9. Brudvig, L.A. and E.I. Damchen. (2011). Land-use history, historical connectivity, and land management interact to determine longleaf pine woodland understory richness and composition. Ecography 34: 257-266.
  10. Brudvig, L.A., E Grman, C.W. Habeck, and J.A. Ledvina. (2013). Strong legacy of agricultural land use on soils and understory plant communities in longleaf pine woodlands. Forest Ecology and Management 310: 944-955.
  11. Moore, W.H., B.F. Swindel, and W.S. Terry. (1982). Vegetative Response to Clearcutting and Chopping in a North Florida Flatwoods Forest. Journal of Range Management 35(2):214-218.
  12. Nelson, G. PanFlora: Plant data for the eastern United States with emphasis on the Southeastern Coastal Plains, Florida, and the Florida Panhandle. www.gilnelson.com/PanFlora/ Accessed: 7 DEC 2016
  13. Kirkman, L. Katherine. Unpublished database of seed dispersal mode of plants found in Coastal Plain longleaf pine-grasslands of the Jones Ecological Research Center, Georgia.
  14. Hiers, J. K. and R. J. Mitchell (2007). "The influence of burning and light availability on N-2-fixation of native legumes in longleaf pine woodlands." Journal of the Torrey Botanical Society 134: 398-409.
  15. Coffey, K. L. and L. K. Kirkman (2006). "Seed germination strategies of species with restoration potential in a fire-maintained pine savanna." Natural Areas Journal 26: 289-299.
  16. Wiggers, M. S., et al. (2017). "Seed heat tolerance and germination of six legume species native to a fire-prone longleaf pine forest." Plant Ecology 218: 151-171.
  17. Wiggers, M. S., et al. (2013). "Fine-scale variation in surface fire environment and legume germination in the longleaf pine ecosystem." Forest Ecology and Management 310: 54-63.
  18. Hendricks, J. J. and L. R. Boring (1999). "N2-fixation by native herbaceous legumes in burned pine ecosystems of the southeastern United States." Forest Ecology and Management 113: 167-177.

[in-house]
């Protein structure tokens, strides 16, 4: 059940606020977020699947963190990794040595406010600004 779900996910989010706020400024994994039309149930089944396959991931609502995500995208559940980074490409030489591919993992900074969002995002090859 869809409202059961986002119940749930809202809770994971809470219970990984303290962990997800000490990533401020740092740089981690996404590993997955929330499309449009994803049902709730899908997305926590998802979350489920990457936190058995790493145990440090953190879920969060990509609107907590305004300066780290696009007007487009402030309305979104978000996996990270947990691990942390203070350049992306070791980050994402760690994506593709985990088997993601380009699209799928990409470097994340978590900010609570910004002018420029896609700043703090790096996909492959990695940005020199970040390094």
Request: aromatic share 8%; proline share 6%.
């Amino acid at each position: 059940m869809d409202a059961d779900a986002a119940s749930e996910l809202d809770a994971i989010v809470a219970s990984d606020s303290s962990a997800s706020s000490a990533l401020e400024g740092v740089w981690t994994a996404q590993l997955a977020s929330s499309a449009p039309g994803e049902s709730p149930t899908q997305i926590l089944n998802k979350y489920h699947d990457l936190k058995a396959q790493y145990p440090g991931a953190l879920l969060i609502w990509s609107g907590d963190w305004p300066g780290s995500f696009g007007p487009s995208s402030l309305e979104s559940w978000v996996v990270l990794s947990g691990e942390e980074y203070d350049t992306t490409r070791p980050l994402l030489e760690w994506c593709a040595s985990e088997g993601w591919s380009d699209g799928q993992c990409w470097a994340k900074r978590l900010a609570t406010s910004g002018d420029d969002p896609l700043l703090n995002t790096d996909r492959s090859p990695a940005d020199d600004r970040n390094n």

19. 19.0 19.1 19.2 19.3 19.4 19.5 Hiers, J. K., R. J. Mitchell, et al. (2003). "Legumes native to longleaf pine savannas exhibit capacity for high N2-fixation rates and negligible impacts due to timing of fire." New Phytologist 157: 327-338
  20. Spears, Jr. E. E. 1987. Island and mainland pollination ecology of Centrosema virginianum and Opuntia stricta. J. Ecol. 75: 351-362.
  21. Godts J.E. 1990 The Upside-Down Flower Palmetto 10(4):3
  22. Sweeney, J. M., et al. (1981). Bobwhite quail food in young Arkansas loblolly pine plantations. Arkansas Experiment Station bulletin 852. Fayetteville, AR, University of Arkansas, Divisionn of Agriculture, Agricultural Experiment Station.
  23. Miller, J.H., and K.V. Miller. 1999. Forest plants of the southeast and their wildlife uses. Southern Weed Science Society.
  24. Quesenberry, K. H., et al. (2008). "Response of native southeastern U.S. legumes to root-knot nematodes." Crop Science 48: 2274-2278.
  25. (2000). The role of fire in nongame wildlife management and community restoration: Traditional uses and new directions, Nashville, TN, USDA Forest Service, Northeastern Research Station.
  26. Brockway, D. G. and C. E. Lewis (2003). "Influence of deer, cattle grazing and timber harvest on plant species diversity in a longleaf pine bluestem ecosystem." Forest Ecology and Management 175: 49-69.